“[Mass Effect] is leaving NOTHING to the imagination... in some parts of this, you'll see full digital nudity. Imagine! And the ability for the players to engage in graphic sex and the person who's playing the game gets to decide exactly what's going to happen between the two people, if you know what I mean...” – Martha MacCallum, Fox News
One of the sad consequences of having little regard for a medium is that you might not think it matters much if you embellish a little – like Glenn Beck did when he asserted that Niko Bellic “can cut [police officers] in half with a chainsaw” in GTA IV – or make a lame assumption near deadline, like “’Zombie’ is a video game.” Hell, those are probably even honest mistakes, never mind that someone making a similar error about sports or movies would probably be laughed right out of their career.
Above: HA HA HA
As TV news increasingly pursues overt moral or political agendas, however, we’ve seen a much more disturbing trend: outright fabrications, serving no other apparent purpose than sensationalism. Probably the most infamous case is Fox News’ “‘Se’Xbox?” coverage of Mass Effect, which took a huge, highly regarded space opera and portrayed it as interactive porn.
Above: HURR HURR GET IT??
There were rumors that Fox’s most vocal guest – and the incident’s immediate villain – was misled behind the scenes into thinking the game was much more explicit than it actually was. And so we have author Cooper Lawrence (who later apologized after she actually saw the game) putting on what was probably the most embarrassing performance of her career:
“Currently, nothing under New York State law prohibits a fourteen-year old from walking into a video store and buying... a game like 'Grand Theft Auto,' which rewards a player for stealing cars and beating people up. Children can even simulate having sex with a prostitute...” – former New York governor Eliot Spitzer, who resigned after having non-simulated sex with a prostitute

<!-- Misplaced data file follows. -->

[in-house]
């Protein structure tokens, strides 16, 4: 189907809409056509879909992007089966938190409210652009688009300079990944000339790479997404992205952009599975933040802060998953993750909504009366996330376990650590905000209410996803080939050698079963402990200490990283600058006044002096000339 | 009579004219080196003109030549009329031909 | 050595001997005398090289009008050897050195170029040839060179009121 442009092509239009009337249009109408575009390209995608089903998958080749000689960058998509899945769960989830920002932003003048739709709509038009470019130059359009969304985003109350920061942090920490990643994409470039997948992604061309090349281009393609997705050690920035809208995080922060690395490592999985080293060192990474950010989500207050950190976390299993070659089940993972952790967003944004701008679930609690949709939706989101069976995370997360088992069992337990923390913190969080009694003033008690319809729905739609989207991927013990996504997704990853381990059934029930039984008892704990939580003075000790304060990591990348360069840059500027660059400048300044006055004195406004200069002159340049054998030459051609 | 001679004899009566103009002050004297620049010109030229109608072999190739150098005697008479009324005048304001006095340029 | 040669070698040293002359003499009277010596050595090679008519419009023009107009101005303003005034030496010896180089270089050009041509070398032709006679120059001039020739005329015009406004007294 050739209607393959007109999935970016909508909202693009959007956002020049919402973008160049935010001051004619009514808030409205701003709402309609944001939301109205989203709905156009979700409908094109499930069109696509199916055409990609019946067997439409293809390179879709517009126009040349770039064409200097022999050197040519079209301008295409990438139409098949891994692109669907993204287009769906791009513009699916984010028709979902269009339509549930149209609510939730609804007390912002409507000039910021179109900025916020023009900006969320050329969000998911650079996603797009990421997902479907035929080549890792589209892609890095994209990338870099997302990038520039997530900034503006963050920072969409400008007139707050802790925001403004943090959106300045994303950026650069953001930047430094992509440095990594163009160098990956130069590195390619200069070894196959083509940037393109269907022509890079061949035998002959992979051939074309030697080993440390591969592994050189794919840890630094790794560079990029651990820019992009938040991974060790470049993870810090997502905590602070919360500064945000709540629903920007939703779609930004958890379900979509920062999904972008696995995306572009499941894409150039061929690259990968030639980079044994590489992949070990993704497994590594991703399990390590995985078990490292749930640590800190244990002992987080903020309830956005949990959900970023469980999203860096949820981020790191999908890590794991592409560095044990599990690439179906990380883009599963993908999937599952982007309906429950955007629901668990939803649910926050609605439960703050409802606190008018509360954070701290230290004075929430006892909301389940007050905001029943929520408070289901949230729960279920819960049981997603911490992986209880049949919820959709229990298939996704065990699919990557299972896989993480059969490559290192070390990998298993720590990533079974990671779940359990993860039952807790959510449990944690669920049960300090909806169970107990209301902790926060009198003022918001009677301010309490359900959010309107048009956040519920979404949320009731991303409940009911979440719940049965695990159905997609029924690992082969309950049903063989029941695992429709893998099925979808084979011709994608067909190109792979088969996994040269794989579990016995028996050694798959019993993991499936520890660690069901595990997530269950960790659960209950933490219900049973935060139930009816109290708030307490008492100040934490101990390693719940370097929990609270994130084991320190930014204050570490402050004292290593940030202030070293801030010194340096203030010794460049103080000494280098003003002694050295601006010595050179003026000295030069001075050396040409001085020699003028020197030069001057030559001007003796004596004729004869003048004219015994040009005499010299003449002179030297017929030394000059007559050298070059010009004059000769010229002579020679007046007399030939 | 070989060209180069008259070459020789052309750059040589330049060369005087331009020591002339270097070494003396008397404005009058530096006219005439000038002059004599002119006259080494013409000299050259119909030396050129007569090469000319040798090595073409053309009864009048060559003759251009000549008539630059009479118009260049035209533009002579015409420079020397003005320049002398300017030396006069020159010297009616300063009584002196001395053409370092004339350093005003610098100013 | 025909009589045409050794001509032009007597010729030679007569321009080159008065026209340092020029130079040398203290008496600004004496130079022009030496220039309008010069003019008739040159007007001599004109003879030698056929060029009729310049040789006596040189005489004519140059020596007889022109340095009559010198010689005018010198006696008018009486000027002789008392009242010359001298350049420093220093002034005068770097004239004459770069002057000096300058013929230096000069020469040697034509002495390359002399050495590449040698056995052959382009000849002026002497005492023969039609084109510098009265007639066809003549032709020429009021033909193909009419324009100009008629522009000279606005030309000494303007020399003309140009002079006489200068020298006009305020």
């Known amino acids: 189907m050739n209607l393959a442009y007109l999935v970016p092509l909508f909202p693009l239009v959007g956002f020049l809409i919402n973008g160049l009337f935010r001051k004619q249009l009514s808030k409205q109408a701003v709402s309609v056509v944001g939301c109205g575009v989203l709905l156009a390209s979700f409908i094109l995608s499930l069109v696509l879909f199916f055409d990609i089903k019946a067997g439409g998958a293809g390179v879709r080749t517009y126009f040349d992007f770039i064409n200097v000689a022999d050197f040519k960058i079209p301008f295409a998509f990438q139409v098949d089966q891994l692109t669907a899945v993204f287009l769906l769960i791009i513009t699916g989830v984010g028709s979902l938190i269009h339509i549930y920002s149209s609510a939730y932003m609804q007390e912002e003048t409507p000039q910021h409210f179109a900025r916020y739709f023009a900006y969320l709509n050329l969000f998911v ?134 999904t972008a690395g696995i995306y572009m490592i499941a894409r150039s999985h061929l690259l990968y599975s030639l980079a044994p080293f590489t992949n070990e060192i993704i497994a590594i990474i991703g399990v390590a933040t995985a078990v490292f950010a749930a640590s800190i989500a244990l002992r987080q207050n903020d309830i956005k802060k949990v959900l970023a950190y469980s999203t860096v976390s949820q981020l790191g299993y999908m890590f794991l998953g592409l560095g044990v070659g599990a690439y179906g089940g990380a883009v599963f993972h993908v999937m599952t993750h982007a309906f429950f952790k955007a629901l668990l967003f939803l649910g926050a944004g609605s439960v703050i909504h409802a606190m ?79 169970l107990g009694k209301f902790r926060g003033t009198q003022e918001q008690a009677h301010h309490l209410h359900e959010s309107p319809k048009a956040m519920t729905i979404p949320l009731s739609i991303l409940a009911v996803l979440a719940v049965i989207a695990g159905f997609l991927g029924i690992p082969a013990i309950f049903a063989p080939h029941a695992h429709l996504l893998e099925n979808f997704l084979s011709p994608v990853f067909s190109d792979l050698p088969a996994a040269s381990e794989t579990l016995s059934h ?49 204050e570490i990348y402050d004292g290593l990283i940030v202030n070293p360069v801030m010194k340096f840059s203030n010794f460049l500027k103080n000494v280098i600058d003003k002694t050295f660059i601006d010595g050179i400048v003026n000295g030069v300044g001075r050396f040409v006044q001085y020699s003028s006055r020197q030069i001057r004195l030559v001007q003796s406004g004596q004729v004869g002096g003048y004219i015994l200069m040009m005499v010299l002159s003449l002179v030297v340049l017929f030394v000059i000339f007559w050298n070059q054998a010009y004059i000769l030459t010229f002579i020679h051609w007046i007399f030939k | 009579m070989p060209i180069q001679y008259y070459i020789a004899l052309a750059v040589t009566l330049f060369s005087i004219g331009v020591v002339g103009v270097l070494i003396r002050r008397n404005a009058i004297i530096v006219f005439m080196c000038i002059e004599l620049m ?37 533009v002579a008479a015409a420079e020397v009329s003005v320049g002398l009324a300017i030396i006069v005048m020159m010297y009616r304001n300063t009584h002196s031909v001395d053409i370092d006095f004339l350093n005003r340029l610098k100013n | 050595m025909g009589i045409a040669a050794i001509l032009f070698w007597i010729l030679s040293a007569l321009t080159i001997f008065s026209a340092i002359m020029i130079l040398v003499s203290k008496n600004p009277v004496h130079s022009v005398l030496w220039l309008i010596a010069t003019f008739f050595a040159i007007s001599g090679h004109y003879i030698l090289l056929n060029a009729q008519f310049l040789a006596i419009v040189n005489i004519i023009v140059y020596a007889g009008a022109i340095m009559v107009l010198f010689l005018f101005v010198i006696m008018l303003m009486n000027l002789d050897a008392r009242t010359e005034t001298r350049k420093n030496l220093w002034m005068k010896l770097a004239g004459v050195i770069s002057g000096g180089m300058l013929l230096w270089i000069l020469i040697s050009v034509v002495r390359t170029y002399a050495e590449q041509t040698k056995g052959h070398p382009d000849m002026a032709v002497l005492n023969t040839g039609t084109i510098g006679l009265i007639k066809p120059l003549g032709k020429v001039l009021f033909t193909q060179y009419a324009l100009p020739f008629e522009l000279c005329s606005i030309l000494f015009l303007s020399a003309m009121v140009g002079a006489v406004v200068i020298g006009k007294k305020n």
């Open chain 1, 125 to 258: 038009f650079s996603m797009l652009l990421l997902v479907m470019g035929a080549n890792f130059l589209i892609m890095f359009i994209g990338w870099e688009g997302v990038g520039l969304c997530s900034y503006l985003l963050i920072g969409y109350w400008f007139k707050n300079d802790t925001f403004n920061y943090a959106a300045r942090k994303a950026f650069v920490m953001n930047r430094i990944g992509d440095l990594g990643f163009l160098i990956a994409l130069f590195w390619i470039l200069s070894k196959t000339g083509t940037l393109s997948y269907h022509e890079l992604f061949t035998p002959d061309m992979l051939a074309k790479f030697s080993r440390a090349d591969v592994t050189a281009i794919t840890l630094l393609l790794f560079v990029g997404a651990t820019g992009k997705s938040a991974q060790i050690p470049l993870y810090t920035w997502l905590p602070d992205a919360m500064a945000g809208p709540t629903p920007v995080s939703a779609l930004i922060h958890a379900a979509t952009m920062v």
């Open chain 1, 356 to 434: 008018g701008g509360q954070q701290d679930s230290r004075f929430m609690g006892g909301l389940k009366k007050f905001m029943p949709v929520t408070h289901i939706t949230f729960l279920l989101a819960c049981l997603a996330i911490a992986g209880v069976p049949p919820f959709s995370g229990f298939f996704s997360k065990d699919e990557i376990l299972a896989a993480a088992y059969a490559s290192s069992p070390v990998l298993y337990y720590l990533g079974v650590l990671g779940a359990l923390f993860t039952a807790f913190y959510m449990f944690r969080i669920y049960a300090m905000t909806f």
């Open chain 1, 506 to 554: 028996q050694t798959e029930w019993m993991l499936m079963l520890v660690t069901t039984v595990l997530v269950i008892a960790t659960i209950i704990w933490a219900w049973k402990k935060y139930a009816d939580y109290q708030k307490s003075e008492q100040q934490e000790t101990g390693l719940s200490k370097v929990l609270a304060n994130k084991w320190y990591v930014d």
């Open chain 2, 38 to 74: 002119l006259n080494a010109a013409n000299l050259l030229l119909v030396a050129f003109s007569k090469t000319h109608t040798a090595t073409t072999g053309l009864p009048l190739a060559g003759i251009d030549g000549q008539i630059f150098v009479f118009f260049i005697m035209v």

“It's bracing to imagine the day when video-game manufacturer Rockstar announces: ‘We don't want to make money off a game that encourages elementary school students to kill 'hos' and assassinate grand jury witnesses. We're taking Grand Theft Auto off the market.’" – Boston Globe columnist Alex Beam
If there’s one mainstream-media habit that sets gamer teeth gnashing like no other, it’s the constant assumption that videogames are all intended for grade-school children or – at the oldest – teens. In news reports, the idea of adults playing (non-Wii) games, if it’s acknowledged at all, is often treated with the same level of reverence reserved for adults who play with Barbie dolls: it’s not actually intended for them, and it’s creepy.
Above: SO THIS IS WHAT YOU ‘GAMERS’ ARE INTO HUH
In reality, of course, there are plenty of games that aren’t intended for kids, and plenty of adult gamers who enjoy playing them. But every time a violent or risqué M-rated game comes into the public consciousness, the mantra is always the same: How will this affect the children?
As far as the mainstream press is concerned, videogames stand alone in posing a serious danger to kids. Well, maybe gangsta rap stands alongside them. But when an R-rated film like The Last House on the Left is revealed to contain a rape scene, is the response a lot of hand-wringing over what might happen if a kid somehow sneaks into a theater? No, the response is, “Oh Christ, this shitty movie is going to make us sit through a rape scene, too?”
Above: The face of social acceptability
Meanwhile, a game rated M – roughly equivalent to an R rating – is revealed to hide an ugly, unsexy sex minigame accessible to those who download a patch or own a cheat device, and suddenly it’s a worldwide scandal and grounds for Senate hearings. And through the whole sordid process, we kept hearing the words “children’s videogame,” “sex scenes in a game for kids” and “now children can have simulated sex.” Because the people who needed to know what the hell ratings meant just. Didn’t. Get it.
Above: NO YOU’RE RIGHT THIS IS MUCH WORSE
Even today, after GTA IV has achieved mainstream respectability and Halo 3 demolished sales records for anything ever, we still see the same asinine insistence from politicians and media pundits that M-rated games poison our children, that violence is harmful to developing minds, and on and on. So what? Maybe they do. That’s part of why they’re not intended for children.
Mar 23, 2009
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